These guys have a 7 days window, and poof they are forgotten, the drop rates of 5000 string registries is going to be quote intense if they lose 1000 names or so, most aren’t even at 5000, yet claims of 5M loom out there.

    This is strictly a cash, anyone who does their due diligence, and applies basic securities laws can see the current registration TOS will not float.

    Not bursting anyone’s bubble, just telling it how it is.

  3. Angelcakes says

    its not just the registries its the registrars to. 101domain allowed people to register domains and then contacted them over a month later saying that they were premium domains …. and then tried to charge up to seven thousand dollars for each one! that leaves customers cray with both the registry and the registrar. no credibility in that premium process hombre.

    • Robbie says

      Angelcakes, the registry would provide 101domains with a list of premium domains which it would input into it’s platform, then send an email letting all the pre-reg know the current situation.

      This is great money for the registars to sit on all this money for months on end gaining interest.

      The GTLD’s have operational flaws in regards to being clear in regards pricing increases and % year over year, there is no set cap, this is very dangerous.

      • Angelcakes says

        hey robbie, youd expect them to email during pre-reg, but no they didnt do that man, 101domain let the registrations take place and then contacted the customers after over a month after they were registered trying to get thousands of dollars out of them.

        • Robbie says

          I hear what you are saying, and agree with you, thing is most of these registries are flying by the seat of their pants, and they usually do not submit these lists until a few days before launch. Same thing happend with the chinese registrations in the link. It is not very professional, and leaves a lot to be said about the industry to some degree given they asked icann for an express route to launch. ICANN did not do a very good job of dotting, the i’s, and crossing the t’s, the gtld’s have essentially just been a lottery for them, and now they want to take those untold millions, and establish outside the rule of North America.

  4. says

    This is a spot on article.

    I have 20-25 domain names I want to register for .guru .buzz .zone. I have 2-5% success rate (guesstimate). I even paid for EAP and some premium renewal, but that’s ok. I am happy with my acquisition.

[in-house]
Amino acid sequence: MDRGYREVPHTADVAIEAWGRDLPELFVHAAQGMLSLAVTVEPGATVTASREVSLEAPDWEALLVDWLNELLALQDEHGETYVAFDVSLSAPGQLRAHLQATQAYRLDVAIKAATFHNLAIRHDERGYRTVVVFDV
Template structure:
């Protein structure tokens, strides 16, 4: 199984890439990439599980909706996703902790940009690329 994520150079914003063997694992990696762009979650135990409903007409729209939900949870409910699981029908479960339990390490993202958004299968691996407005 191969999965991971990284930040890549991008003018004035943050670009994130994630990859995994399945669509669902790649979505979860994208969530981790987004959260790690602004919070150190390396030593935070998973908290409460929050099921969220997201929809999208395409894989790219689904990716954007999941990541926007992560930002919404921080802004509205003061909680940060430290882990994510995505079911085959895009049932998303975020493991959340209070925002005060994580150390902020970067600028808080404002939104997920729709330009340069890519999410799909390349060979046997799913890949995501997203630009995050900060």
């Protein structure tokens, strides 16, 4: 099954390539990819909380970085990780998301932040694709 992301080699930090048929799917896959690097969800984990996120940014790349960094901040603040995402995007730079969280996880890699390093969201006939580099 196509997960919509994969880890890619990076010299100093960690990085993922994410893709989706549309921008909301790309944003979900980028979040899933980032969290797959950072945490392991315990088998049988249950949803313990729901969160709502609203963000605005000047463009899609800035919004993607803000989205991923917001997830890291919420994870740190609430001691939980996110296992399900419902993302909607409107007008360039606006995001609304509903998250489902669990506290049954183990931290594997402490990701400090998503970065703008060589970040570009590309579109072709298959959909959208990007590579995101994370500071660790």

I want to do the same approach for .link, all registered by Frank other company. And yes, I will not spend time checking it with Uniregistry other extension.

  5. Kassey says

    I would expect registries to be very aggressive with their founders program, because actual, real websites owned by celebrities and high profile people may kick start the viral marketing campaign needed. So far, I’m not seeing any good marketing campaign.

  6. Rob says

    from the point of view of the end buyer it makes no difference whether the registry holds it or a domain investor – they still need to pay a premium price. but i think this way might work out better because the registry has an interest in not holding on too long and being too greedy with prices so that the extension can develop, whereas a domain investor might hold on for too long. i’m sure most registries will find that balance – if they don’t they’ll die. i think many domainers are bitter because they can’t get a good piece of the action. i understand though.

  7. David says

    As somebody who has seen both sides of this, I think the registries have been smart to keep premiums. It makes the registry stronger because it gives them extra cash and the control of the evolution of their extension. Registering the premiums as opposed to putting them on some kind of premium/EAP activates them in the root, so at least the names start resolving to websites when people type them in, rather than resolving to an error search. I think that was a pretty smart move on the part of .club and Uniregistry who both seem to have registered names as opposed to reserving them. It clearly costs more to do it that way because now you’re paying ICANN fees for the registration but it also starts a date stamp, aging the name for future search positioning. As a domainer I would like to have many of those premiums at registration price but with the registry, the resales price to an end-user is going to be lower (or potentially free) as opposed to domainers who I have seen asking very high prices for premium resales in new extensions. You correctly point out that many of the best names are ICANN reserved names so that makes the reservation issue seem even bigger than it is.